Winner: Smart displays

Placement and positioning

Amazon Echo Show 15 Smart Display on a wall.

Where are you going to put your voice assistant device? Both smart speakers and smart displays have different strengths here. Smart speakers are generally more versatile. They don’t need to be close by to project sound, so they can be placed on a shelf, countertop, entryway table, and so on. Smaller versions can make great bedside alarm clocks (the newest Echo Dot even has an LED clock on it) or desktop voice assistants.

Smart displays need to be close at hand, close enough to touch and clearly view the screen, but you also want them nearby. They do better on a kitchen counter, on an office desk, on a central counter, and so on. The screens have also gotten larger, culminating in the current Echo Show 15, which is large enough to be placed on the wall like a portrait. You can mount some smart speakers on the wall too, but the effect isn’t quite the same.

Winner: Tie


Sonos Speaker Logo.
Image used with permission by copyright holder

Privacy is always a big question with voice assistant devices: Can you trust the device to keep your personal information secure? Even worse, is there a chance that a smart speaker or smart display could spy on you, recording your audio or recording video of its surroundings unprompted?

Fortunately, voice assistants are programmed to only record commands following their wake words like “Alexa” or “Hey Google,” and you can adjust if these recordings are kept or not. Outside of someone hacking into the speaker or display (don’t buy these devices used), there’s not much chance of the device “spying” on anyone. The closest they get is features like Alexa’s “Drop In” feature, which allows select friends and family to initiate calls on Echo devices, and you can disable this option whenever you want.

But manufacturers know this isn’t quite enough. Today’s smart displays also come with buttons and shutters so you can manually disable mics and cameras so they can’t be used even if the software tries turning them on.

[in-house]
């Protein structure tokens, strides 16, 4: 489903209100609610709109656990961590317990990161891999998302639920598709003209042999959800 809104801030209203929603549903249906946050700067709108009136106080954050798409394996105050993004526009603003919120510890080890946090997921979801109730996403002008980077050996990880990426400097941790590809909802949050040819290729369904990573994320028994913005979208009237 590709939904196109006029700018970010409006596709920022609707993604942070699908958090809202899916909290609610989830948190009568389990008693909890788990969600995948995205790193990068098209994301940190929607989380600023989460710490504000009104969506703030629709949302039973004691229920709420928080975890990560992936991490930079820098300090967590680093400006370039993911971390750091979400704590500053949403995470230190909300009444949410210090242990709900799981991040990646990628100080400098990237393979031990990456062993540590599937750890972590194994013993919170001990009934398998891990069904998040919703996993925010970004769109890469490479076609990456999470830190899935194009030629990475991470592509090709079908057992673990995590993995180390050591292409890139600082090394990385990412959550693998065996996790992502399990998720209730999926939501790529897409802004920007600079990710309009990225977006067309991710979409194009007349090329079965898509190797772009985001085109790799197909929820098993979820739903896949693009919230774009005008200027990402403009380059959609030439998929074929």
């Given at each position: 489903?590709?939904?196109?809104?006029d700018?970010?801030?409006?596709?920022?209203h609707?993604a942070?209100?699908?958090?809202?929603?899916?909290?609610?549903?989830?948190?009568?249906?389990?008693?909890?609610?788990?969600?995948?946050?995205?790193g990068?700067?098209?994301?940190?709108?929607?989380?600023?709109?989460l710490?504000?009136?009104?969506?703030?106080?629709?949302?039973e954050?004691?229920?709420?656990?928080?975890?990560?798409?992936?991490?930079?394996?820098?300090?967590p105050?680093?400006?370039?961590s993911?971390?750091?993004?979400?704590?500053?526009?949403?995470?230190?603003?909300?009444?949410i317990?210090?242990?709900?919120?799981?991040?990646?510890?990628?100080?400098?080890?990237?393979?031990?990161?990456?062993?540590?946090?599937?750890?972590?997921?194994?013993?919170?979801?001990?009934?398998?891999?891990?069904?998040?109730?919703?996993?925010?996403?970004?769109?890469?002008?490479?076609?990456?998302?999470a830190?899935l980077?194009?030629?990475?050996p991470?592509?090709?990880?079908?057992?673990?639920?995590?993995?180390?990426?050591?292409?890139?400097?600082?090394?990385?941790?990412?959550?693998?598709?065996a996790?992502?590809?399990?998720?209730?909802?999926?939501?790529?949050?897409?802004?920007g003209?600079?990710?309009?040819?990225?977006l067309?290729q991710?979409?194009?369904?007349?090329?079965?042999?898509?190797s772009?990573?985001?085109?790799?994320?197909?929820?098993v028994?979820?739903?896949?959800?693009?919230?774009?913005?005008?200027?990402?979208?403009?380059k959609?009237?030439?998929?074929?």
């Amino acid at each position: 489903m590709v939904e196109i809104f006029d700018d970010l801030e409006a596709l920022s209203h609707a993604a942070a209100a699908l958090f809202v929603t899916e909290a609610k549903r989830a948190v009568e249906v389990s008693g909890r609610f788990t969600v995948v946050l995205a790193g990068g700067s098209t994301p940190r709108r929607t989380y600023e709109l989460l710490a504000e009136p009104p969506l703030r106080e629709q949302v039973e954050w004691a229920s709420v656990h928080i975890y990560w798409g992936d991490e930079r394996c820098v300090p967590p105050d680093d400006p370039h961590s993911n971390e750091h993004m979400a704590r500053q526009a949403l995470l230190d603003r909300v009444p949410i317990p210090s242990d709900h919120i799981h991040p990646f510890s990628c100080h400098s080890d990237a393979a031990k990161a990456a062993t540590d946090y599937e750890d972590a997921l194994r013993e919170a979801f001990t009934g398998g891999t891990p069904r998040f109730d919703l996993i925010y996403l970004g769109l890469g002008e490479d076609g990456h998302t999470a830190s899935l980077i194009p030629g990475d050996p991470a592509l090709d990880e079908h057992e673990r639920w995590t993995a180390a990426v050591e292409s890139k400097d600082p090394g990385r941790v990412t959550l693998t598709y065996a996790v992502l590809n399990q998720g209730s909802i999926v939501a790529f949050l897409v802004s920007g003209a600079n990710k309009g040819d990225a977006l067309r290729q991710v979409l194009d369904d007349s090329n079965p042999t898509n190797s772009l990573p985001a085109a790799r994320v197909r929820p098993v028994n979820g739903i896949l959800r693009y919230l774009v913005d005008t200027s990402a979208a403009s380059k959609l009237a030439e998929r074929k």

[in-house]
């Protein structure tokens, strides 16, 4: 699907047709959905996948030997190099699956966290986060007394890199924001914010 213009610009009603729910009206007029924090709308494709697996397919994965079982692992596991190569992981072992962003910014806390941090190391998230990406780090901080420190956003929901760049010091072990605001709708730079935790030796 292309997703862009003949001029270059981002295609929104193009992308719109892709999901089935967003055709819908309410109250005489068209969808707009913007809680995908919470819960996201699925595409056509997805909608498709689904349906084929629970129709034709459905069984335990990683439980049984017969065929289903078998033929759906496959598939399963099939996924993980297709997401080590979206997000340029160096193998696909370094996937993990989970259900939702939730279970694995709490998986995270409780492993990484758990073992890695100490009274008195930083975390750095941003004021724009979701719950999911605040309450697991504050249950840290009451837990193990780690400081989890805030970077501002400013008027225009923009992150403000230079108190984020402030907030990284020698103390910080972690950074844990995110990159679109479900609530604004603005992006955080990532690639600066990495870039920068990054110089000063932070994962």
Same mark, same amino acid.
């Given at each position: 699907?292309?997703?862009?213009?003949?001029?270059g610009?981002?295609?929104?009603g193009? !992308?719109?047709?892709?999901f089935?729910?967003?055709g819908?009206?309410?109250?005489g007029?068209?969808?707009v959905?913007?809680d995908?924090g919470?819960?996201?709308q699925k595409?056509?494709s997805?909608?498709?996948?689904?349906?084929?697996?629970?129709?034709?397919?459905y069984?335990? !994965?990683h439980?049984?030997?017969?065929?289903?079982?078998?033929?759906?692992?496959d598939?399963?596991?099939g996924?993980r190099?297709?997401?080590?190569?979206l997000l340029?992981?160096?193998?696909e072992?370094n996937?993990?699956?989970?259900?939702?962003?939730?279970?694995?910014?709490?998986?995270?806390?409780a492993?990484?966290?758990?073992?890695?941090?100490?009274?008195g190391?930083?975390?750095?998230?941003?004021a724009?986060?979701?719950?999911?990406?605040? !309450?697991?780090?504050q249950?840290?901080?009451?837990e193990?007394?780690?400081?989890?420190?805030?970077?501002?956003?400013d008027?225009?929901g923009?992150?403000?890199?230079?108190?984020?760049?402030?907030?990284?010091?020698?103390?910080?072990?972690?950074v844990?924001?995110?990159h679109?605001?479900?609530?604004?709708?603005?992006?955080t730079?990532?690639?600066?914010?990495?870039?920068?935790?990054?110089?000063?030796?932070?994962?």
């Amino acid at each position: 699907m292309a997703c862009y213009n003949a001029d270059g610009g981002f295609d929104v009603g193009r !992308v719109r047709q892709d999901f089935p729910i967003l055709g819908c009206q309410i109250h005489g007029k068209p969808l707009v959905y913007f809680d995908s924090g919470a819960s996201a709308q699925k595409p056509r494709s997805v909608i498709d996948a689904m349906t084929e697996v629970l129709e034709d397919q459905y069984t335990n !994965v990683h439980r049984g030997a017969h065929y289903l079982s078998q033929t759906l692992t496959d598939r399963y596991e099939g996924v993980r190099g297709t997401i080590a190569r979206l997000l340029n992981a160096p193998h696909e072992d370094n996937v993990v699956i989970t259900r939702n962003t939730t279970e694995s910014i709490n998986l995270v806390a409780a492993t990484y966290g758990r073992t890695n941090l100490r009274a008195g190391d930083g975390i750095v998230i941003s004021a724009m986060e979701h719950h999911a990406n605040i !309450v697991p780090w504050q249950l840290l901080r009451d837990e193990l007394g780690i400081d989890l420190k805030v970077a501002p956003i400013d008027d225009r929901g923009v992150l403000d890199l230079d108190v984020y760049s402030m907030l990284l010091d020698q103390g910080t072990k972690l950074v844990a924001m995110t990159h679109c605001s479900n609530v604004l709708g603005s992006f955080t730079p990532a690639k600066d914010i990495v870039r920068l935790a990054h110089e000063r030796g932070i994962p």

Winner: Tie

Pricing and availability

Blue HomePod Mini sitting on desk while person works.

If you want to save, which device is right for you? Standard smart speakers are typically right around $100, although there are exceptions like the Apple HomePod, which costs $300 and is more expensive than a large portion of smart speakers.

The mini versions of smart speakers can vary from $50 (the Nest Mini) to $100 (the HomePod mini) and are the best way to save if you are looking for deals.

Smart displays, meanwhile, can start around $100 (the Nest Hub) and can cost much more, up to $250 for something like the Echo Show 15. You won’t be finding any under $100 unless it’s incredibly small, like the Echo Show 5.

Winner: Smart speakers

Which smart device comes out on top?

Smart displays are easily the best choice in certain situations, such as a kitchen companion, a desktop device to stream shows while you are working, or an interactive hub for kids and grownups to play with. They also have additional value if you like video chats or want to stream live footage from your security cameras.

But for most other purposes, smart speakers win out. They come in a wide variety of sizes and styles, are generally more affordable, and tend to have better speaker designs. You can also place them just about anywhere within listening distance.